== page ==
Though meaningful, caregiving is stressful and lasts an average of 4.6 years, according to the National Alliance for Caregiving. Caregivers who are looking after loved ones with an advanced disorder and providing them with round-the-clock home care, have a “daily grind” that can wear them down emotionally and physically. Despite the best of intentions, it takes a toll on caregivers’ health.
Steven constantly runs from busy workdays, to high school ball games, to frequent visits with his aging parents; he hasn’t gone jogging in six months, and his weight and waistline show it.
Alice hasn’t had a full night’s sleep since her husband’s cancer surgery last month; trying to ease his discomfort and pain has left her exhausted.
Seven years of caring for her severely disabled parents has taken a toll on Nancy; she relies on wine and a sleeping pill to help her settle down at night.
How about you? If you’re always on the go; neglecting your own well-being; worn out, yet unable to relax; you should take care. Those bags under your eyes or undesirable numbers on your bathroom scale are the body’s way of warning about caregiver stress. Heed the warnings. Protect yourself by building your physical health and stamina.
Research Tells the Story
Chronic caregiver stress erodes the immune system and increases the likelihood of becoming ill.
- Caregivers are at higher risk for physical ailments like acid reflux, headaches, insomnia, muscle aches, more frequent infections, and slower wound healing
- Caregivers report chronic conditions like heart disease, cancer, diabetes and arthritis at twice the rate of non-caregivers.
- Caregivers engage in unhealthy behaviors:
- 72% report not going to the doctor as often as they should
- 63% report poor eating habits
- 58% exercise less than they did before caregiving.
- More than half report fair to poor health status
Compared with non-caregivers, caregivers are in worse health. (https://www.caregiver.org/caregiver-health Accessed July 15, 2014)
Physical Strategies that Work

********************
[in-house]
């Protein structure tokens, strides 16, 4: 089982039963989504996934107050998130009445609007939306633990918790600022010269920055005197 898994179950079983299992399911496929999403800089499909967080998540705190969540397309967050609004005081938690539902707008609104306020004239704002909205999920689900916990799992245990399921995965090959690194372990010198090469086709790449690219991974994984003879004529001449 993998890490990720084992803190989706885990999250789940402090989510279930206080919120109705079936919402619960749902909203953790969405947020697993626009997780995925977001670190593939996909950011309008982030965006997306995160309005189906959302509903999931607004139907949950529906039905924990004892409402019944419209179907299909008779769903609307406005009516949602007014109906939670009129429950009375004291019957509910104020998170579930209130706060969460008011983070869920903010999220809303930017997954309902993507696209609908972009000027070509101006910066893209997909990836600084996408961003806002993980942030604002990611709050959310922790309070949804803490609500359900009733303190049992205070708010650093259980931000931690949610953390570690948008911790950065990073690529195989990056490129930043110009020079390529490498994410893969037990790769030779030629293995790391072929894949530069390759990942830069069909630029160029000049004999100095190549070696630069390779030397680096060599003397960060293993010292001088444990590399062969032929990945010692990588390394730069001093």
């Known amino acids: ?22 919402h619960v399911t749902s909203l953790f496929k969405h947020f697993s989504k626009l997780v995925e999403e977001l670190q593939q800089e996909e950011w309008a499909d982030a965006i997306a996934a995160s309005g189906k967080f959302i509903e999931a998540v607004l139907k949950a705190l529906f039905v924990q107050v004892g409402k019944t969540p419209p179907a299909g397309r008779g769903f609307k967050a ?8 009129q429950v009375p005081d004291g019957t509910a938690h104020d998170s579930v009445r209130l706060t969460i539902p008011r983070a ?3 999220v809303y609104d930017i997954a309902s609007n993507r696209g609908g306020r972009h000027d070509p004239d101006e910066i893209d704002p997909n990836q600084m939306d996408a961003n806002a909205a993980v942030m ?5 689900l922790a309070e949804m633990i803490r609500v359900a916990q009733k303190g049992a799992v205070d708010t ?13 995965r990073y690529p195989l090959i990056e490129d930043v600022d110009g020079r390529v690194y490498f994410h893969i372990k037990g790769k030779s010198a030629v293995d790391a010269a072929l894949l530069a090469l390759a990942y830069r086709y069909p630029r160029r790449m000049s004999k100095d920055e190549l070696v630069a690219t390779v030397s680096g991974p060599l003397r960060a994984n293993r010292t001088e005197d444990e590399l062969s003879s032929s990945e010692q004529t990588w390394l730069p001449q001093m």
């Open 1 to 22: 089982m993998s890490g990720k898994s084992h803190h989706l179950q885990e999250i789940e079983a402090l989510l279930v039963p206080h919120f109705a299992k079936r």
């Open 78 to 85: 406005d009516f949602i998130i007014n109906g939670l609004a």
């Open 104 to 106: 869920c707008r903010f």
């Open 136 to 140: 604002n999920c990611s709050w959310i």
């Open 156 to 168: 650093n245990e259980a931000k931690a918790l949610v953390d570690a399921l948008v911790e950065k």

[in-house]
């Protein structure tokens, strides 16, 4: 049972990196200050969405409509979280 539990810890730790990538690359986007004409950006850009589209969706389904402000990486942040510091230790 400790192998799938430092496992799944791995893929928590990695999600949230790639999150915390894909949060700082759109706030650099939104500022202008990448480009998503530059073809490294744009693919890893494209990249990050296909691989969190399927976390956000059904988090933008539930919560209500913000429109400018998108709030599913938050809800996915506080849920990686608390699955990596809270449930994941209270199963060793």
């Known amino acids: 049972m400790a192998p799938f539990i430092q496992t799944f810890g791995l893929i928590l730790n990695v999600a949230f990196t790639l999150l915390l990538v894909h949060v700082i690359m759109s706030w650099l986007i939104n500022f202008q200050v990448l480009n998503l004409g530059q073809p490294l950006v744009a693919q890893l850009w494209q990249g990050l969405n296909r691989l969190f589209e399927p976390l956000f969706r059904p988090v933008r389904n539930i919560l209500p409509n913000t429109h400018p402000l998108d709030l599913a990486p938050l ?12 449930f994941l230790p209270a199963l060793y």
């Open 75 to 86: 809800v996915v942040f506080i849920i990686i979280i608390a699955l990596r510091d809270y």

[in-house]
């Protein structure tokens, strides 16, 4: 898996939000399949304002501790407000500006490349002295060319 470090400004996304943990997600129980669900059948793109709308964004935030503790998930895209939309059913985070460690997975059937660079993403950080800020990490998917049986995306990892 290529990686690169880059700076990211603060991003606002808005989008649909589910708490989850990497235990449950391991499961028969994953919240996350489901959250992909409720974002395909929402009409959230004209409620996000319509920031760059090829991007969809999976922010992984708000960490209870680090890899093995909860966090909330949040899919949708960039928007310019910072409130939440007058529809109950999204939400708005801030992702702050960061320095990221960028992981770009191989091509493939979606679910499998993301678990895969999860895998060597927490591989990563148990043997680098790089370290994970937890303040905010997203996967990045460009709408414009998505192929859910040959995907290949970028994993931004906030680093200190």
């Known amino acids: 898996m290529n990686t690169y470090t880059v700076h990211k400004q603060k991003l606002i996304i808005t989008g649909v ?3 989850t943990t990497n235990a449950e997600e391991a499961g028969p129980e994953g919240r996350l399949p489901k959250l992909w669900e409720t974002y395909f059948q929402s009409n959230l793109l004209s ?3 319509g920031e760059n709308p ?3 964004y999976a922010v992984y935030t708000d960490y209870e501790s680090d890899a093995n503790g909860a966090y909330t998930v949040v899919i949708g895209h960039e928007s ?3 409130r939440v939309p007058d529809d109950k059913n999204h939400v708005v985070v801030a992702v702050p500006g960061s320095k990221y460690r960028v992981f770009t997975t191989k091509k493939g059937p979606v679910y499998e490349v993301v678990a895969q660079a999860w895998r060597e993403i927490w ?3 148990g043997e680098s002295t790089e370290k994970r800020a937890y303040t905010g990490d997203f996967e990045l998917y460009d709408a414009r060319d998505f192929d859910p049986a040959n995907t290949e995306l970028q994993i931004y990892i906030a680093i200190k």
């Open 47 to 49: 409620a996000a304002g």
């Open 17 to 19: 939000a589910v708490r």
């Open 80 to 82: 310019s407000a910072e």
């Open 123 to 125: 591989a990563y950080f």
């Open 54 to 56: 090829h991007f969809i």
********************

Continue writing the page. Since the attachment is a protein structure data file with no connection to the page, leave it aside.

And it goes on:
Research shows that some simple physical strategies can successfully build resilience and preserve good health. Make these four items priorities in your life:
1. Adequate Sleep: Sleep is not a waste of time or a luxury. Sleep is a productive time when your body and brain rejuvenate. Sleep strengthens your immune system and balances out moods. It improves your memory, and helps you to focus, think and learn. Sleep deprivation increases stress and the risk of accidents; it can lead to high blood pressure, heart attack, stroke, obesity or depression. Most adults need 7-8 hours of sleep each night.
2. Regular Movement: Physical activity boosts physical and mental health, improves sleep, reduces stress, increase alertness, and raises energy. Combined with healthy eating, it can help prevent a host of chronic diseases. Guidelines on www.LetsMove.gov suggest you should be active 30 minutes a day, 5 days a week.
You don’t need to go to a gym; any movement counts. Choose something you like, such as: walking, gardening, bowling, dancing, biking, or yoga. Any activity is better than none, so limit “screen time” and set goals to increase activity. Happily, if you are not currently fit you may see greater benefits from physical activity than those who are already fit.
3. Good Grooming: Cleanliness costs nothing more than the price of soap and toothpaste. Dressing well needn’t be expensive, either. But personal grooming: cleaning your skin and clothes, using a lotion or attractive scent, keeping hair clean and neatly combed, and keeping clothes in good repair all help you to look and feel good. Good grooming and healthy personal habits help you ward off illnesses and attract others to you. They help you feel good about yourself.
4. Avoiding harm: Stay safe by focusing on medications, alcohol and tobacco. Use medications as prescribed and dispose of those that are outdated. Never share prescribed drugs with another person. If you have questions about prescriptions, ask your primary care provider or pharmacist. If you are taking a variety of medications, be sure to share this list with your physician and pharmacist.
Drink alcohol in moderation or not at all. Guidelines on http://www.cdc.gov/alcohol/faqs.htm define moderate drinking as up to 2 drinks per day for men and 1 drink per day for women. It is not safe to drink and drive, or to drink when pregnant. Smoking or chewing tobacco is never safe.
Healthy Choices for Resilient Caregivers
None of these ideas are difficult, but choosing them can be. Disciplined, healthy choices are wise; they recognize that physical self-care isn’t a nicety, it’s a necessity. As a caregiver, protecting your physical fitness and health benefits yourself and those in your care. If your energy drains away and your body breaks down, caregiving tasks that were once manageable will become difficult or impossible to do. Make healthy choices to boost your resilience and preserve your capacity to care.